U.S. Postal Service Commemorates Tejano Singer Lydia Mendoza With Stamp

Tejano music legend Lydia Mendoza is being recognized,  immortalized and given the respect many feels she deserves for her contributions to the American musical scene.

The United States Postal Service issued a stamp commemorating “The Lark Of The Border,” her nickname, whose minimalist Tejano sound was compared to a Spanish-language version of the blues.

“The Postal Service is proud to introduce its new Music Icons stamp series with the issuance of this Forever Stamp honoring the first lady of Tejano music, Lydia Mendoza,” said Marie Therese Dominguez, Vice-President of Government Relations and Public Policy for the postal service.

“Mendoza was a true American pioneer, whose unique voice and style of singing, paved the way for a whole new generation of Latino performers," Dominguez added. "Her impact on music guarantees her place in American music history, and today her legacy continues on 30 million postage stamps.”

The Music Icons Series isn’t some obscure list.  Some of the other icons to be released as part of this stamp series include renowned crooners such as Johnny Cash and Ray Charles.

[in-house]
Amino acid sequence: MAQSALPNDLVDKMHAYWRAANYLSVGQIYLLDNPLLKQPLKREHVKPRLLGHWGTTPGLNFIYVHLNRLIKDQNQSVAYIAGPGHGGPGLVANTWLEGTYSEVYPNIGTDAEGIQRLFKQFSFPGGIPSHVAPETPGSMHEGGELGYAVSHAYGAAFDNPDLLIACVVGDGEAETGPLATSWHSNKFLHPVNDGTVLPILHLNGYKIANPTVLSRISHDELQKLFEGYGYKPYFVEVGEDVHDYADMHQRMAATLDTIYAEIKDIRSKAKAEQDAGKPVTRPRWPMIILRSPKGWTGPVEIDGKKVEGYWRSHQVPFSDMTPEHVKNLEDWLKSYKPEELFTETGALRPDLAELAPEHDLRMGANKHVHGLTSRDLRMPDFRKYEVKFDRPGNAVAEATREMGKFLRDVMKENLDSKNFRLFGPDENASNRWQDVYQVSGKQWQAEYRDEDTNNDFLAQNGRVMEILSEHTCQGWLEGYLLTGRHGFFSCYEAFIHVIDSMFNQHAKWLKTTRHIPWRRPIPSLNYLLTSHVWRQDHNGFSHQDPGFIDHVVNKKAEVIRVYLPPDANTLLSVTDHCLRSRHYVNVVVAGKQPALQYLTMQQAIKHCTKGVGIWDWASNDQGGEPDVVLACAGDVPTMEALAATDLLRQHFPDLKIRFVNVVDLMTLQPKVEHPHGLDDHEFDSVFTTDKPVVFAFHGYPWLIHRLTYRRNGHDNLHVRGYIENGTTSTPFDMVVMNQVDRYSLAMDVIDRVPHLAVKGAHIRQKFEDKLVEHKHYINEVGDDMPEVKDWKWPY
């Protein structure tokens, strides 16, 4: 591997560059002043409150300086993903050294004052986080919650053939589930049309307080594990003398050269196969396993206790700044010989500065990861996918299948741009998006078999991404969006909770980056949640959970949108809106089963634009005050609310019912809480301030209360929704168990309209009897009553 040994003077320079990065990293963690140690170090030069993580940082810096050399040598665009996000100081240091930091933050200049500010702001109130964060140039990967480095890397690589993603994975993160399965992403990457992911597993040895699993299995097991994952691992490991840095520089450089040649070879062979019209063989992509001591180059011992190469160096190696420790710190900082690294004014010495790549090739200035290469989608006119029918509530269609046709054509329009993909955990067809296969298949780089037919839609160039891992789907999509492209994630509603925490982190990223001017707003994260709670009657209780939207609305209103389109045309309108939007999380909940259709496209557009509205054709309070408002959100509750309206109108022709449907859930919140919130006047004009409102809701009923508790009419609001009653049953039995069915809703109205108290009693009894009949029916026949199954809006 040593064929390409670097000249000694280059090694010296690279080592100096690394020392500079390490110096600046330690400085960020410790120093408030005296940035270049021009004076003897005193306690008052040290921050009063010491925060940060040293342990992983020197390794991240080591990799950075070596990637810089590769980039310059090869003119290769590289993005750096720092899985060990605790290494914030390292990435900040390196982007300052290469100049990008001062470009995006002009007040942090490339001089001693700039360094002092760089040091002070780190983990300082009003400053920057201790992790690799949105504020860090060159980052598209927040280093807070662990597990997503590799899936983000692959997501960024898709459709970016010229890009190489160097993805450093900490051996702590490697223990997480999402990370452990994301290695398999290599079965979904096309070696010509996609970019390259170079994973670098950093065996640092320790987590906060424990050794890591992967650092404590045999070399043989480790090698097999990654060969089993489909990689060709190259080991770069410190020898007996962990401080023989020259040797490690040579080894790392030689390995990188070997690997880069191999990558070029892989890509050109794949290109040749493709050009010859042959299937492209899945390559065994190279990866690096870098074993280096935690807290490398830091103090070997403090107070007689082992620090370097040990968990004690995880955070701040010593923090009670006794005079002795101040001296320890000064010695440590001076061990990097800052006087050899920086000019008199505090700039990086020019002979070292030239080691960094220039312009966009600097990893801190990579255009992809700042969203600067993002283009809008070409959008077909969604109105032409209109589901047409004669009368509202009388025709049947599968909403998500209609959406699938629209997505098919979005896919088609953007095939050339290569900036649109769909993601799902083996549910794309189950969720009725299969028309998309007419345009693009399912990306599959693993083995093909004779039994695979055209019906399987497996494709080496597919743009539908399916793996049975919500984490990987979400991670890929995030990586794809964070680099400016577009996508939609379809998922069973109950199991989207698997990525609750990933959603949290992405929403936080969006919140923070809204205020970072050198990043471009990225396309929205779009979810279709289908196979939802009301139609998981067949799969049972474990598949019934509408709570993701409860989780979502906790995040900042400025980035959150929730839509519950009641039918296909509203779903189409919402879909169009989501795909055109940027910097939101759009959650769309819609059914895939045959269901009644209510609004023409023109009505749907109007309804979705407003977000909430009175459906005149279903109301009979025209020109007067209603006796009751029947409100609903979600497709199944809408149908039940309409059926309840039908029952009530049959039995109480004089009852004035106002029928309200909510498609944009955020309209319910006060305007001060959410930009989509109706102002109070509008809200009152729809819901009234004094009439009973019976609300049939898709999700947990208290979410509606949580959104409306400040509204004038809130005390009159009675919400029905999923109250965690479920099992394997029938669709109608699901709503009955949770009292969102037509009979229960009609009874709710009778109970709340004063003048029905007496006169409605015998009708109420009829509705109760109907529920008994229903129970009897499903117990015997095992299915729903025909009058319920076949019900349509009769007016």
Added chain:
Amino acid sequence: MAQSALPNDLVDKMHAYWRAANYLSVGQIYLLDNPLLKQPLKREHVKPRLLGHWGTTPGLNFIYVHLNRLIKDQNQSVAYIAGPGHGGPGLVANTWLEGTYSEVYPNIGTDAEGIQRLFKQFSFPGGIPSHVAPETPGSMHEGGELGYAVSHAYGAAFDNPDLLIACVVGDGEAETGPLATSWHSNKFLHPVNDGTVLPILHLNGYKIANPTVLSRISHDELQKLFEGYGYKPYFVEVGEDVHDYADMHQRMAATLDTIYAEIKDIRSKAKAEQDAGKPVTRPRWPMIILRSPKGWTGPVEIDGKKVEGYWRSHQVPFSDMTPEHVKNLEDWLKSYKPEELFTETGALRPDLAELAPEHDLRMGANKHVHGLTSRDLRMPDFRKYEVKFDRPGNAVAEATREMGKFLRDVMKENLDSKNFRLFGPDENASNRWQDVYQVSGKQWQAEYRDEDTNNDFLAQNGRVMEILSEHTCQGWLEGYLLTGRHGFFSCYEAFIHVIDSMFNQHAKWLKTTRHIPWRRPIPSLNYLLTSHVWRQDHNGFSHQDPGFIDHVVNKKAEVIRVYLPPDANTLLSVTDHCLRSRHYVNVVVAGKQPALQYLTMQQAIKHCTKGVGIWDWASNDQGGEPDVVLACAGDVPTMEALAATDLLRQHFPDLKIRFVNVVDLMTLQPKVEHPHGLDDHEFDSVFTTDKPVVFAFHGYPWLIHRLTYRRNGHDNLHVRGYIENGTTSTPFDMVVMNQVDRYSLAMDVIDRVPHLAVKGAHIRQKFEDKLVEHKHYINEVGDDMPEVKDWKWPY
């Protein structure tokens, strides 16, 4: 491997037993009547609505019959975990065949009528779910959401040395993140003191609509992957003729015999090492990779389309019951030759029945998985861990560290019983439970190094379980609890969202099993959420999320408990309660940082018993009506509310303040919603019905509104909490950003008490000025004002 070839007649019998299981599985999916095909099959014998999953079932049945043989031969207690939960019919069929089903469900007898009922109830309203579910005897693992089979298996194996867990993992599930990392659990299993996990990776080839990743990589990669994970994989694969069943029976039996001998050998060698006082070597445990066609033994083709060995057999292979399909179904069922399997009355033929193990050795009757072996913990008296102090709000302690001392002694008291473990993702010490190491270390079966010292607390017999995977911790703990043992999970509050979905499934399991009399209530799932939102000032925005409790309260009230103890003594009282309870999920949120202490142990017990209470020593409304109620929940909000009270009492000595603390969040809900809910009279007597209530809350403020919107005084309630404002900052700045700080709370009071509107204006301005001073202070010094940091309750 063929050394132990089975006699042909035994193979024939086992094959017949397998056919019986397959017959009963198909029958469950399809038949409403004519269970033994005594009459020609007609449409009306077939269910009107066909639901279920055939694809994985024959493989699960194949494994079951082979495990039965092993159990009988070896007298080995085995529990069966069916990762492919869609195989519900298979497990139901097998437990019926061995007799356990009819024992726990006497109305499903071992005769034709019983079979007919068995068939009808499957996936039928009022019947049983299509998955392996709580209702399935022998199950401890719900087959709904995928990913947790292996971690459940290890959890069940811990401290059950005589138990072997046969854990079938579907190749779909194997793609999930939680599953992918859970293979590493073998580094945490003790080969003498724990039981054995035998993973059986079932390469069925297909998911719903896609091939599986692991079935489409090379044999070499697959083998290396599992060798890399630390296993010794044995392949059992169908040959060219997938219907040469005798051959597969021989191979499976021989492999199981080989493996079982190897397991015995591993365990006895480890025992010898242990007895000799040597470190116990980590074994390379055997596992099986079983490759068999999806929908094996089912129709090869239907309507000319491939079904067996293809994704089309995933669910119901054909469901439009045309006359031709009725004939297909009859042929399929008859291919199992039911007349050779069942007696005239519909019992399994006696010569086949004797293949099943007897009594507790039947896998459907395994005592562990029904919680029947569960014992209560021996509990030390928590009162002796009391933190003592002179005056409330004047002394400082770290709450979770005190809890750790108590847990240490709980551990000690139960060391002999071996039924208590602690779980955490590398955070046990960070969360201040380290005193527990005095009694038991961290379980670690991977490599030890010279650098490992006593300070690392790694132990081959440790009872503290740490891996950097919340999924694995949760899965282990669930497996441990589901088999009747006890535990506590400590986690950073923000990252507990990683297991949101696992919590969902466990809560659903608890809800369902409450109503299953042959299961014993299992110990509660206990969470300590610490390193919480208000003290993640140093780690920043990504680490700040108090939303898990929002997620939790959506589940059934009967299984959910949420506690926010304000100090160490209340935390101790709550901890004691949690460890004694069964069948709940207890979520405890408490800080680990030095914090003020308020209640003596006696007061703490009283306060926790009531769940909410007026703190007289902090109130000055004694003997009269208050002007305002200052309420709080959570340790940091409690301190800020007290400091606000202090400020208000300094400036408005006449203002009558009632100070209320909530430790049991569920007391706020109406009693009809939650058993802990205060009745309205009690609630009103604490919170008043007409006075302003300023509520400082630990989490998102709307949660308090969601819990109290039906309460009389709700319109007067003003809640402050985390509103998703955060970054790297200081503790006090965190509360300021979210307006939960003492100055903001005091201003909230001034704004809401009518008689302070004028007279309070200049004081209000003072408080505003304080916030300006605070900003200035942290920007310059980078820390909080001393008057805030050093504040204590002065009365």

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Mendoza performed the Spanish-language music of the Texas-Mexico borderlands, singing to and about the poor and working-class people on both sides of the Rio Grande.

Mendoza was soulful and usually accompanied only by her 12-string guitar.

She recorded more than a thousand songs in a career that lasted seven decades.

Her first hit was “Mal Hombre” in 1934 and her career included many major highlights such as singing at Jimmy Carter’s inaugural celebration in 1977, receiving a National Heritage Award from the National Endowment for the Arts and being awarded the National Medal of the Arts by President Clinton in 1999.

Mendoza retired in 1988 after suffering a stroke. She died in San Antonio in 2007 at 91.

Mendoza’s stamp features the singer at her peak, wearing a traditional Mexican-styled dress and holding her guitar with the Texas flag superimposed in color over her.

Mendoza isn’t the only Latino musician to be immortalized by the U.S. Postal Service.

Ritchie Valens was put on a stamp in 1993 and in 2011 the postal service released a Latin Music Legends series, which featured Tito Puente, Celia Cruz, Carmen Miranda, Carlos Gardel and Selena.

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